Thursday, December 29, 2016

Day 50: FotLC through the 113 lenses from The Art of Game Design

Day 50 - Lens 19: The Lens of the Player
To use this lens, stop thinking about your game, and start thinking about your player. Ask yourself these questions about the people who will play your game:

In general, what do they look like?
If I thought I knew that playtesting has taught me that I was wrong. If my audience are like the people who have enjoyed my game then they are not the serious core strategy gamers that I thought they were. While serious competitive gamers have enjoyed my game those that have made it most enjoyable and seemed to enjoy it the most have been the social ringleaders. They have brought a group of friends and the game has facilitated them having a good time with their followers. That's not what I expected!

What don't they like? Why?
The core gamers I thought were my audience don't love the social challenge mechanics. The casual gamers often brought by the social leader find the learning curve a bit steep but seem to end up enjoying the game.

What do they expect to see in a game?
Core gamers want less randomness, they want their strategy.  I'm in kind of a strange place because I am trying to change a lot of elements in the abstract strategy genera. I think of that as exploring a new design space, but it's true that at the same time I am asking a lot of my players, many find the game too strange to latch on to at first blush. That tends to be more true of experienced gamers that new gamers. People with experience have stronger expectations I suspect.

I think that for an indie game where I don't care about profits in an existential way it's probably ok. If I was making a commercial game I would consider just having one or two unique elements rather than almost all of the core gameplay be unique.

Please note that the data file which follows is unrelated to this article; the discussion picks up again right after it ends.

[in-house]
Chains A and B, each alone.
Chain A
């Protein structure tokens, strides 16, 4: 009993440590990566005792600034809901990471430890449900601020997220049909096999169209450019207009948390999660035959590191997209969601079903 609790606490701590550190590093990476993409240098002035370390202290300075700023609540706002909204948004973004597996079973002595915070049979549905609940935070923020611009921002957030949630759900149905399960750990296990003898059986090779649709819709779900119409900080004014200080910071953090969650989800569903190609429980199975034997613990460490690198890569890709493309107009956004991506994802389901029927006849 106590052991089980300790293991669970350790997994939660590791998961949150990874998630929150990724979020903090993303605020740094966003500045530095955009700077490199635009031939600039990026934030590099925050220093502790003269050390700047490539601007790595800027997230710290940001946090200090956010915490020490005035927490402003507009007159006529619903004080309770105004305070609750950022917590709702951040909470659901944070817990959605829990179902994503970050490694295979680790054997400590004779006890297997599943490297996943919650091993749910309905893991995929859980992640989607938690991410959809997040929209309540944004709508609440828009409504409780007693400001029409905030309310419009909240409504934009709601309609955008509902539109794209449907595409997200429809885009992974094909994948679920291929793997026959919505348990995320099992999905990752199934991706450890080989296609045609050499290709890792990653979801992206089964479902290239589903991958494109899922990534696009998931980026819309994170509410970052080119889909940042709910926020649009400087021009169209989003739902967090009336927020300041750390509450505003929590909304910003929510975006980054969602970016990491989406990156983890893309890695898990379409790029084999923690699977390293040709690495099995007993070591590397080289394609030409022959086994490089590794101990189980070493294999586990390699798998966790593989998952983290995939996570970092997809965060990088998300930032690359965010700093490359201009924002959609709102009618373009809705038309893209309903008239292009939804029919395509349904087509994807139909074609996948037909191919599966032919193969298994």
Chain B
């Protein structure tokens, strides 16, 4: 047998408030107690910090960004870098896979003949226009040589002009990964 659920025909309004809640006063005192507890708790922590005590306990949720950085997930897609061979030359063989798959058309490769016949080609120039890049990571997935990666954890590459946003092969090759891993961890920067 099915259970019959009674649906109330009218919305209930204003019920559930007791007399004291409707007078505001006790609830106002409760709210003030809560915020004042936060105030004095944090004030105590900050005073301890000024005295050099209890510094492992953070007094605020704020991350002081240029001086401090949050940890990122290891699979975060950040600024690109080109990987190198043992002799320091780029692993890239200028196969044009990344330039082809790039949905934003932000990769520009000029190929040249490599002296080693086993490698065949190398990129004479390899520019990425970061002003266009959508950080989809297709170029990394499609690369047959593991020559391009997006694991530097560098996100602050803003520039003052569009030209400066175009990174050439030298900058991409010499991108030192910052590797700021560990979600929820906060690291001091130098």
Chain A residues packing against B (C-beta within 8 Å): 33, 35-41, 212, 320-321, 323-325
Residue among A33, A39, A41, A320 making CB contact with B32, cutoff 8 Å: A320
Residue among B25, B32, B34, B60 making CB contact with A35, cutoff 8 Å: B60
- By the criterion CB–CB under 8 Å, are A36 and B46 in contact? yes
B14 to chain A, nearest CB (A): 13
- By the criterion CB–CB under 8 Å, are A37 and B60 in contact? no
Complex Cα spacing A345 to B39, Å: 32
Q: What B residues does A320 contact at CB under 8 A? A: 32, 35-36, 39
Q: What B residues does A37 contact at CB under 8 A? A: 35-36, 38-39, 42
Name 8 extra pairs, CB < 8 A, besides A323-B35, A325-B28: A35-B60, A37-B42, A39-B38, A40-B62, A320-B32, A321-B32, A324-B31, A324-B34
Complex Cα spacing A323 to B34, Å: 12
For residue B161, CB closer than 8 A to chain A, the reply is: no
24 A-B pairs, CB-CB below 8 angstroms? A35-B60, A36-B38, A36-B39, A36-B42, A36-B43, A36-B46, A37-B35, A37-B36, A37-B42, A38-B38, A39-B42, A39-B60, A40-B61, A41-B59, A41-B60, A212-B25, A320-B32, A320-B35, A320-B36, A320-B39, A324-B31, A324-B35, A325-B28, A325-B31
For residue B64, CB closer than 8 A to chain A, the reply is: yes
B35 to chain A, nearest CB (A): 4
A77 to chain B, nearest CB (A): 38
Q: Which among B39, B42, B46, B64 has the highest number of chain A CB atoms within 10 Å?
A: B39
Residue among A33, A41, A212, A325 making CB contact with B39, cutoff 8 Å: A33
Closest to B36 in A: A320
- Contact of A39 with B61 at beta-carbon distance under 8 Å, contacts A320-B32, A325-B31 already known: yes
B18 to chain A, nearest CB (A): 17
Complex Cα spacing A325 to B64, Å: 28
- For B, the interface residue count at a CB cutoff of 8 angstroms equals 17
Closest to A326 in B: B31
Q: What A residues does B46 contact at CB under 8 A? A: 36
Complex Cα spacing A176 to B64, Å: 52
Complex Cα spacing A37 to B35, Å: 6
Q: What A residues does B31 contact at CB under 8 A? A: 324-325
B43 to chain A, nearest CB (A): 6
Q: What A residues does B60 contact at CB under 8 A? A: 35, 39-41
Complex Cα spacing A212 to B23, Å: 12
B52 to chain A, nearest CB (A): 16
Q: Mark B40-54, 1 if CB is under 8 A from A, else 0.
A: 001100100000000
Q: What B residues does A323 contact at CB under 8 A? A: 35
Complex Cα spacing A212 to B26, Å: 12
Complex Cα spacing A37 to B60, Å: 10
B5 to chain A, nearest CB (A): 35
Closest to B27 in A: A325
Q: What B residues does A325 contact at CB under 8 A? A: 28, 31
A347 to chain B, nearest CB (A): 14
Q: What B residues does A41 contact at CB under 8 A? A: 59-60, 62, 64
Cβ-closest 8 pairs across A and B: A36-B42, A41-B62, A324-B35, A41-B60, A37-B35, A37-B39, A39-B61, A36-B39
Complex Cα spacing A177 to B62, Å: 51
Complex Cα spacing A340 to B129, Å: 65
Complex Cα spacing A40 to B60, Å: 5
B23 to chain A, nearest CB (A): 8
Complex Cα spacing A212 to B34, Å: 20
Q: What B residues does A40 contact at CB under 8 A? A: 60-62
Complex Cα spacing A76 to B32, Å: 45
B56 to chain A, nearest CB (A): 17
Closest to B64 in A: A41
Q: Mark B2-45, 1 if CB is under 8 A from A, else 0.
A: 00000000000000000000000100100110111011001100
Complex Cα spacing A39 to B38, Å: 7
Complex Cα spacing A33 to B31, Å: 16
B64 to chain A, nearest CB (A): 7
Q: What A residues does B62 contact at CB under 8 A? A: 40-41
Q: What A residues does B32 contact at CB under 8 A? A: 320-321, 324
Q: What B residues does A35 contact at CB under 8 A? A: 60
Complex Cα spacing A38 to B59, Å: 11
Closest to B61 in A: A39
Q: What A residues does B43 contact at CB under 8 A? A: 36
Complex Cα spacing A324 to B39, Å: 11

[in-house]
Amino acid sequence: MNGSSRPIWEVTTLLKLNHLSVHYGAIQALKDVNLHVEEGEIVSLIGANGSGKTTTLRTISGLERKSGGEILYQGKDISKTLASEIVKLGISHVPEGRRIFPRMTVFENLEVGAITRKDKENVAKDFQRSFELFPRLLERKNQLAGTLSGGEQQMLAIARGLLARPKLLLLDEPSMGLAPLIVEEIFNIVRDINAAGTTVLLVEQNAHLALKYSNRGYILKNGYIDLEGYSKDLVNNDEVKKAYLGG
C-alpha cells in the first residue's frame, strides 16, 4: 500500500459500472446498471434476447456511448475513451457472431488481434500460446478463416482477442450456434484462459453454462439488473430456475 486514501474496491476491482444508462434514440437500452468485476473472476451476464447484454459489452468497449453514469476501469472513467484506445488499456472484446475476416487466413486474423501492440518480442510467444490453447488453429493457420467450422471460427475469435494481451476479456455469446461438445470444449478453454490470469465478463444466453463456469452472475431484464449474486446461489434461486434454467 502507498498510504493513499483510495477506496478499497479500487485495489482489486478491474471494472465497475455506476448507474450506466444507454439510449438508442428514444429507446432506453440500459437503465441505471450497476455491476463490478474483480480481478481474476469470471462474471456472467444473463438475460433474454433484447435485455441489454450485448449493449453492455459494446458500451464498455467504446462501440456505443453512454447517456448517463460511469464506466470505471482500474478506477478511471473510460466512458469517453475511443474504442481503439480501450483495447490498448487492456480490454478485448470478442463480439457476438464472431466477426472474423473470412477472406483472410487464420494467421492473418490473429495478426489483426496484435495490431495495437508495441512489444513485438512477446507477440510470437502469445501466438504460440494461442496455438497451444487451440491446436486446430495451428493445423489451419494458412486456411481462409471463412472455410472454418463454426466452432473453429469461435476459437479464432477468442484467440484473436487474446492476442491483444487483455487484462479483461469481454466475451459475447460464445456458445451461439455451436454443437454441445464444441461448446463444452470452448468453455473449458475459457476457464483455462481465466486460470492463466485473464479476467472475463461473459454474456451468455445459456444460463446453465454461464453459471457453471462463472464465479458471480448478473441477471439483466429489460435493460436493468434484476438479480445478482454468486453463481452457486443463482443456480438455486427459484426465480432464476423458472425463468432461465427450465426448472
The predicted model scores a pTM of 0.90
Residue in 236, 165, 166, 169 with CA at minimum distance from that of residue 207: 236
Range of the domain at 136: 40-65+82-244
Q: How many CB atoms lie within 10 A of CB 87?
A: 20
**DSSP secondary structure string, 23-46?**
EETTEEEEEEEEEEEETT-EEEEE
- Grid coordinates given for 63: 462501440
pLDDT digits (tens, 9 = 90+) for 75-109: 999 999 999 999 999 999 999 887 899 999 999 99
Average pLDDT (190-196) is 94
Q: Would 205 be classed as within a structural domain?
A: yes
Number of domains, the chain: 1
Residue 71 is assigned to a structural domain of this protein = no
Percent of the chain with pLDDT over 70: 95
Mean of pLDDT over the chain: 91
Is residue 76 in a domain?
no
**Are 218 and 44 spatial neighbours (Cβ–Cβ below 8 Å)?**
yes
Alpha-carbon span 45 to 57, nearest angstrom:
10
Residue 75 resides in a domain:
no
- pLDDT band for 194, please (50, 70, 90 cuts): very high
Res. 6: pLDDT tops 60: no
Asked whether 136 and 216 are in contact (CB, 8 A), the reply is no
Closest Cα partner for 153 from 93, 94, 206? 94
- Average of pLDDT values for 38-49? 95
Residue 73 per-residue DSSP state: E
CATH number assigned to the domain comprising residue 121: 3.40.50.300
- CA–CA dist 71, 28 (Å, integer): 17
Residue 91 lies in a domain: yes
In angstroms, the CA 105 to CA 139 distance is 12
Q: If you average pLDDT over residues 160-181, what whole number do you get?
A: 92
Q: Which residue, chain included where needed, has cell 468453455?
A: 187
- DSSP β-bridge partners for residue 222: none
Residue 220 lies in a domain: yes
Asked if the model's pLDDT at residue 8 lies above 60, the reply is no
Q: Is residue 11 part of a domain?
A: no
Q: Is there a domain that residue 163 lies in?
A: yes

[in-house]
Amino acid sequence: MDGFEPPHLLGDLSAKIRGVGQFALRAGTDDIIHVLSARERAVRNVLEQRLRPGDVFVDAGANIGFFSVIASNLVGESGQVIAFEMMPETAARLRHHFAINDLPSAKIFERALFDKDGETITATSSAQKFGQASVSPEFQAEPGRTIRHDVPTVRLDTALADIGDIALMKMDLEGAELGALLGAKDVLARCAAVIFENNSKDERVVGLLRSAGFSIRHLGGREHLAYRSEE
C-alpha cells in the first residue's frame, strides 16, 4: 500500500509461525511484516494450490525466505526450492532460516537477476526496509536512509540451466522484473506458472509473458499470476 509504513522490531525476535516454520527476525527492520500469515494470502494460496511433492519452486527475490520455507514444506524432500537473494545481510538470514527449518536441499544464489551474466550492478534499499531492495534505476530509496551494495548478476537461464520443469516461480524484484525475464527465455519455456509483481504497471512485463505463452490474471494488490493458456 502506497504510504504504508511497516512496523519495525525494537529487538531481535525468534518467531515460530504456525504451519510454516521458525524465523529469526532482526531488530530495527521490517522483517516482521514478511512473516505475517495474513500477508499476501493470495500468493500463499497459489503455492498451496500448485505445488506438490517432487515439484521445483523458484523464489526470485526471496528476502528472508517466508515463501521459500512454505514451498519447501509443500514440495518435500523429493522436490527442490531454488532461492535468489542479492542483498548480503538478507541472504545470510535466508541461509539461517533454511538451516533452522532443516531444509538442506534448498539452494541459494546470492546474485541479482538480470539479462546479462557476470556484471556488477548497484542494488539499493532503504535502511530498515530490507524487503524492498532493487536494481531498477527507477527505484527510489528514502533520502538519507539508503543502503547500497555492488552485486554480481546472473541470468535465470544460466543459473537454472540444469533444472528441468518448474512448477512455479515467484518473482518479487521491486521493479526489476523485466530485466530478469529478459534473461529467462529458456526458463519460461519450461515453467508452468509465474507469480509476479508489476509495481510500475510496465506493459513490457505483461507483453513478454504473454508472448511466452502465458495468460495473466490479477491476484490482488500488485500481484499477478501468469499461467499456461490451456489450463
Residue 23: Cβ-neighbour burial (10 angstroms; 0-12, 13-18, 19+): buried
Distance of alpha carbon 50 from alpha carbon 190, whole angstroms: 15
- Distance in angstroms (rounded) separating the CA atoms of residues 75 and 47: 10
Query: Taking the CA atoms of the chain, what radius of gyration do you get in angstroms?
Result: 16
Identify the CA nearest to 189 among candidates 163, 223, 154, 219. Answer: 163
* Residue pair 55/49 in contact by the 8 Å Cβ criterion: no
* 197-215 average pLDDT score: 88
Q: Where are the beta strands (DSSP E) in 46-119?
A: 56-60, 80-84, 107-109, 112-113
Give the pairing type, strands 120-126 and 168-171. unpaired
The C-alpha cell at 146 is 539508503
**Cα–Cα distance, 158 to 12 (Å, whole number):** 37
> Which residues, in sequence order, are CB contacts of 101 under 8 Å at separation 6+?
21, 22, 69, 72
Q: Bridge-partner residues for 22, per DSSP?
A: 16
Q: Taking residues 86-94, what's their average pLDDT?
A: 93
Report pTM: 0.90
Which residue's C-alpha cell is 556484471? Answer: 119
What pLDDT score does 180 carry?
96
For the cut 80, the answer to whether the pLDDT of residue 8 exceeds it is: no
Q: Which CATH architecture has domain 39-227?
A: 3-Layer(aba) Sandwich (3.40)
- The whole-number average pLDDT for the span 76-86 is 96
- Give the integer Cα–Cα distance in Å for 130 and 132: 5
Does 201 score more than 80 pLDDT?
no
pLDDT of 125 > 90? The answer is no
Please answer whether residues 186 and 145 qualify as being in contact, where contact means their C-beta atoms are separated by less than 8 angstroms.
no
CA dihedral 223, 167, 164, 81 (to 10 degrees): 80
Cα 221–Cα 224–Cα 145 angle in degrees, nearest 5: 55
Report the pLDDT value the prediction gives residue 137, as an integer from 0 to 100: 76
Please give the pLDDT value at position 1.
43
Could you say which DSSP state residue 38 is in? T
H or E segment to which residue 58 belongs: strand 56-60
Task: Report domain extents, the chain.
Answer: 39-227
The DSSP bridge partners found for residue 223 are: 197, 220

If I were in their place, what would I want to see in a game?
I want a strategy game where I can make a tactical decision and see a quick result.  I want a social game where I have real choice rather than choices limited by game elements like card based interactions. I want a story that is intriguing and that lets me feel like it reflects my actions and gives me a chance to take a moral stand. I want a game that looks and feels beautiful and solid. I want not to be bored waiting for others to play. I want a game that keeps me engaged and moves to a exciting and satisfying climax.

What will they like or dislike about my game in particular?
Some players think there are too many choices to make early on and have a hard time grasping the rules. The new way of teaching the game seems to have helped with that a bit. Hard core atrategy gamers don't like the unpredictability that the social challenges bring. They also are uncomfortable with the speed with which things can change with simultaneous rounds.  The most common complaint is feeling that the outcome is too unpredictable. That may be true, or it may be that it's just hard if you haven't played the game a bunch of times.

I reeeeealy need to have a group of 6 people that can play 10 plus games. Maybe I need to hire playtesters for a day? FOr 6 people for a day that would be something like $500 though... at $10 an hour. Maybe offering $50  flat fee for 10 playthroughs or 8 hours whichever comes first?